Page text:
Views on boycotting - Can you admire the work of someone who did something bad? Can you separate personal from business?


I loathe cancel culture.

The way you protect people is not by making them weaker, by telling them "you can´t handle this, so we must make sure you don´t get to see it".

A person in their life must decide on their own if they can handle it or not, not be TOLD by someone what they can handle, or protected by someone other than themselves. If you hand over your own protection to someone other than yourself, you are handing over your own agency to decide!

Cancel culture also creates the risk of people getting stuck in their own bubbles, and of never being able to critically think because they have been protected.


Another reason why I feel you should make up your own mind is because media can be manipulated.
A narrative can be made to have you believe that "X beat up his wife" (like for instance the case of Johnny Depp) even if you have no proof that this actually happened, and you don´t know whether this claim is simply being issued against them in order to slander them and/or inhibit their career.

Depp is just a random example, could be anyone really, could be a woman too, but in this day and age it´s important to understand that any of the "hot subjects" can be used to absolutely demolish someone and to attract power. And that claims of being "fair" or even being victimized, often go hand in hand with power.

I´m not saying that all of these things are made up! But that awareness is important, and this is exactly why one should think and judge and look further than their own social bubble, so they can get a more accurate idea.


If I subscribed to the cancel culture notions, I couldn't learn from say Mohatma Gandhi.

Who was a wife beater in his personal life.

People simply aren't black and white... It's alright to appreciate some aspects and condemn the rest. That's not agreeing with them.

I find that notion one IS agreeing or supporting heiniousness by any participation seriously manipulative and unnecessarily extremist... as well as missing the point.

I'd rather read and keep tabs on views of a convicted pedo than have an angry mob dictate me what to even think, but maybe that's just me and way longer trauma with thought control than I've had with very early CSA talking ;)
I love that you brought up Ghandi. We are highly complex people. We, here, have strong similarities in life experiences that shape our perspectives. I prefer to believe that everyone has blind spots, where through lack of life experience, ignorance or focused insensitivity they minimize things that we would find horrible. But, their desire to make a difference in other ways is incredible. I guess I prefer to look at it as an impressionistic painting of an individual and the valuation should be based on how much of the canvas is dark. Similar to what you said @Annalyn78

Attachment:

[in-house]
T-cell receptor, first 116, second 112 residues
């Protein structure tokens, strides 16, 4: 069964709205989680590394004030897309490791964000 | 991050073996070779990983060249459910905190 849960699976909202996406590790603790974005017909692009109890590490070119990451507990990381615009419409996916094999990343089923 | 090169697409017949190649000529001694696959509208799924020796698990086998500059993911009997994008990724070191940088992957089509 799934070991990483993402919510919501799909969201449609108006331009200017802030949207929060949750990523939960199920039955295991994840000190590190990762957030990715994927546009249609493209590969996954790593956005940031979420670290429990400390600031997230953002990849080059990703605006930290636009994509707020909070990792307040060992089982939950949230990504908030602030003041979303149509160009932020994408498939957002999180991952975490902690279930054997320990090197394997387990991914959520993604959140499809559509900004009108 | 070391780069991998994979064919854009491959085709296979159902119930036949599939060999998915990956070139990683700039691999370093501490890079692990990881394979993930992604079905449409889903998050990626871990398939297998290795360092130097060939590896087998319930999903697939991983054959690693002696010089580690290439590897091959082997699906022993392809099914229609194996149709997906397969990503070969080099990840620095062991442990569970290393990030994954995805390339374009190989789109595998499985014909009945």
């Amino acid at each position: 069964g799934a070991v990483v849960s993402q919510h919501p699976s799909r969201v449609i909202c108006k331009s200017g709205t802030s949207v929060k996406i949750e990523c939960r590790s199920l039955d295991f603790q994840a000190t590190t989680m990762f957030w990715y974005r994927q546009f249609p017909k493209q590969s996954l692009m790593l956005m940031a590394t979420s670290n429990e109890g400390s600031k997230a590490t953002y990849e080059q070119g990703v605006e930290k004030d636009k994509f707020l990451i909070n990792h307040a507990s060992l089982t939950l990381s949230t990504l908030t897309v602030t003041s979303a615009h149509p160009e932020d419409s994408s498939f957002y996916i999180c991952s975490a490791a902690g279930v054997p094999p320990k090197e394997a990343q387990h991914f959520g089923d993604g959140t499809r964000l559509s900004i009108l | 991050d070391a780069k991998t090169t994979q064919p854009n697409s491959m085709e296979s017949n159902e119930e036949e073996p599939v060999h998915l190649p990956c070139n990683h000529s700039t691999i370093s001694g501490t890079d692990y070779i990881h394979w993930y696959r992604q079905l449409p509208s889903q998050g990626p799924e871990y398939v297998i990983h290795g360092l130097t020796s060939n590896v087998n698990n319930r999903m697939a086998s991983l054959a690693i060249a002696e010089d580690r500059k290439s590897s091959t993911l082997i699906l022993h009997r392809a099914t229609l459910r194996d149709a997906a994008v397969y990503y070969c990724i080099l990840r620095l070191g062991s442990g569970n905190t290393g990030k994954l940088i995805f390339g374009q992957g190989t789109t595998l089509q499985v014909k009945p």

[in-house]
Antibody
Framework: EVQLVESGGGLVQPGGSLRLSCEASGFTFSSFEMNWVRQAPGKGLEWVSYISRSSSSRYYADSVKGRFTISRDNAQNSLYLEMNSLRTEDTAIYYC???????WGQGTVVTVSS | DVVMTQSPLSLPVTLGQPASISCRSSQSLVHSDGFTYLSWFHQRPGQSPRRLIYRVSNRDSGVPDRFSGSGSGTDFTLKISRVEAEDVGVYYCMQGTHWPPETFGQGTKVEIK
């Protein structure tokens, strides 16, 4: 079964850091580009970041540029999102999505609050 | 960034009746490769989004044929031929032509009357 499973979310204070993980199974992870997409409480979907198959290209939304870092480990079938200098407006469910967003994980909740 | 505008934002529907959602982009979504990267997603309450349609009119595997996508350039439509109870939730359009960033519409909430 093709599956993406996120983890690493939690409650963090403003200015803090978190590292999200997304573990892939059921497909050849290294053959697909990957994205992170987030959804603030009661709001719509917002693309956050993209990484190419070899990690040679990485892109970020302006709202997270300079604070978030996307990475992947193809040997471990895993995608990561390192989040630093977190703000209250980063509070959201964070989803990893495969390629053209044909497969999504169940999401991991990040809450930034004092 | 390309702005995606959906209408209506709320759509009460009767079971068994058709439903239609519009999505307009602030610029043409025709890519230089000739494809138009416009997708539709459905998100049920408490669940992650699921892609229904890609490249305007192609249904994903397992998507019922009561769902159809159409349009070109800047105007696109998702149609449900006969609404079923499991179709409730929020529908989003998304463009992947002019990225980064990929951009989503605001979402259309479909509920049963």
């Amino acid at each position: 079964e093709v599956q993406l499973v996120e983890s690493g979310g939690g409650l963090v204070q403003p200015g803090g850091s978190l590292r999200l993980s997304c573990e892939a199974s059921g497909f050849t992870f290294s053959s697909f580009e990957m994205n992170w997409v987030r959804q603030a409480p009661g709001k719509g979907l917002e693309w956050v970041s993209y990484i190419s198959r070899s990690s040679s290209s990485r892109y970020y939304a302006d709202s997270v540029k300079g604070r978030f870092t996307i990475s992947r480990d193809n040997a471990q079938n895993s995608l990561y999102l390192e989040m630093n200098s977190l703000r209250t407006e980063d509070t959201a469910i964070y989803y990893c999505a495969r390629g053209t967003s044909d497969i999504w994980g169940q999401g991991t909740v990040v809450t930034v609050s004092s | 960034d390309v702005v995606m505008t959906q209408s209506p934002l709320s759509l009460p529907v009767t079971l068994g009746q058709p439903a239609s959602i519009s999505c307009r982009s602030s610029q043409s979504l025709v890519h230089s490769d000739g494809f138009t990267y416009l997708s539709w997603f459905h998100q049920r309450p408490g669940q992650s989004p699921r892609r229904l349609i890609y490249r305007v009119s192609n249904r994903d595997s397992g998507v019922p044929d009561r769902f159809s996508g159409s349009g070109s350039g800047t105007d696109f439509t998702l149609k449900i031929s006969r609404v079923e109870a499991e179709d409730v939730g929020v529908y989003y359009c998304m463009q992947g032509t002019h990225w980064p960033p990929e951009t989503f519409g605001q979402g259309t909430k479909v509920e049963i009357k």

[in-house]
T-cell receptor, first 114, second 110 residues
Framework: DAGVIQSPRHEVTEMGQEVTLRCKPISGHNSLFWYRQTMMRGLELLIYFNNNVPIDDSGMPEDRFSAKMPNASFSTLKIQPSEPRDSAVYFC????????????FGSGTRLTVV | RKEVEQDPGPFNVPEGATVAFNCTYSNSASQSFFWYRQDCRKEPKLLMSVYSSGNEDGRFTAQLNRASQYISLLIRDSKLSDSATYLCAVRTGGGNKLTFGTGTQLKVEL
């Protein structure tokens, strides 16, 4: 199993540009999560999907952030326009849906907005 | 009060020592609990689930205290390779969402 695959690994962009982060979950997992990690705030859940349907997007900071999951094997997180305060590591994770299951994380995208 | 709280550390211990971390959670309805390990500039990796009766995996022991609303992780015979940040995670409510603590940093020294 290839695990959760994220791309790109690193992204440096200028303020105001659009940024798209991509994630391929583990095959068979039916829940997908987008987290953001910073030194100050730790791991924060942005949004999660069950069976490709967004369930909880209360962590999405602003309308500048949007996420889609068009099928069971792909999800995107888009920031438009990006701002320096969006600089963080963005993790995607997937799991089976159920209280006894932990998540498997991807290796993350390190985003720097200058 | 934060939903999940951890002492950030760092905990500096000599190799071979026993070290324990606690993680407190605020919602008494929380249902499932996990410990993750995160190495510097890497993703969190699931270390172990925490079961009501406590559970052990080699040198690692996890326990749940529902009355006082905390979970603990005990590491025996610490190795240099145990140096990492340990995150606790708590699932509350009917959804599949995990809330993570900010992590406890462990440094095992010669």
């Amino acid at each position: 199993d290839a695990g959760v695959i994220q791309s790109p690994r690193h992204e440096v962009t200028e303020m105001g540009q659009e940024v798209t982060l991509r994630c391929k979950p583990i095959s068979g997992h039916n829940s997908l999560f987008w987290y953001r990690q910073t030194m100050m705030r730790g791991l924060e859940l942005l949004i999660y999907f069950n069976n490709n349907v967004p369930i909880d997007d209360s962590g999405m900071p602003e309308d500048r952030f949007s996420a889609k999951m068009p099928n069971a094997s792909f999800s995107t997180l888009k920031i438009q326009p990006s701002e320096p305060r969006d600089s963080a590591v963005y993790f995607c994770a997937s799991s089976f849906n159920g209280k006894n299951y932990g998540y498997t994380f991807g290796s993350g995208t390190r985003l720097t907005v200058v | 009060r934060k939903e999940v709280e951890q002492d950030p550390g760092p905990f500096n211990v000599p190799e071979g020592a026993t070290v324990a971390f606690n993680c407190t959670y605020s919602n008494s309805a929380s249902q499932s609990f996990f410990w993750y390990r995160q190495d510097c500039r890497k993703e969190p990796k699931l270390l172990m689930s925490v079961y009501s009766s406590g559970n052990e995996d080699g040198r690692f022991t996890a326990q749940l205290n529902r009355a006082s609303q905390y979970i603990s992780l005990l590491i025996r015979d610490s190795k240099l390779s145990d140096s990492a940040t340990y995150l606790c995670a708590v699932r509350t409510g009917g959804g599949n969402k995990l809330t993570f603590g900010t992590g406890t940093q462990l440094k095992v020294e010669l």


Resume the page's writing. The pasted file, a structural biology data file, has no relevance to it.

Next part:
There's endless examples throughout history as well as with specific individuals (Mahatma Ghandi already came up, Mother Theresa would be another such figure, for example, so is the Dalai Lama...) where really good stuff comes at the cost or at least hand in hand with really bad stuff. We "conveniently" benefit a lot of things daily that were the direct result of atrocious events. Many of which we aren't even aware of. Hence convenient in "" because ... it's just human. Part ignorance. Part temporal distance. Part just acceptance that it is what it is and we can't change it anymore, anyways.

It's part of our human existence and I do not think anyone should be gatekeeping for everyone else what is "acceptable" (i.e. what bad stuff is ok to ignore) and what isn't (i.e. you should boycott that person/company/culture... ). Because this is highly influenced by personal experience, if not bias, and culture.

And that doesn't matter whether it's advances in medicine through concentration camp experiments or art from a rapist. Same same but different but still same.

As it's been said before, it's not black and white, and everyone should be able to draw their own lines without being judged by others. "Cancel culture" as such is, imho, not only dangerous but really hypocritical (as it regards as "bad enough" whatever is the bad thing of interest at the current moment... which in a way has fad character at times).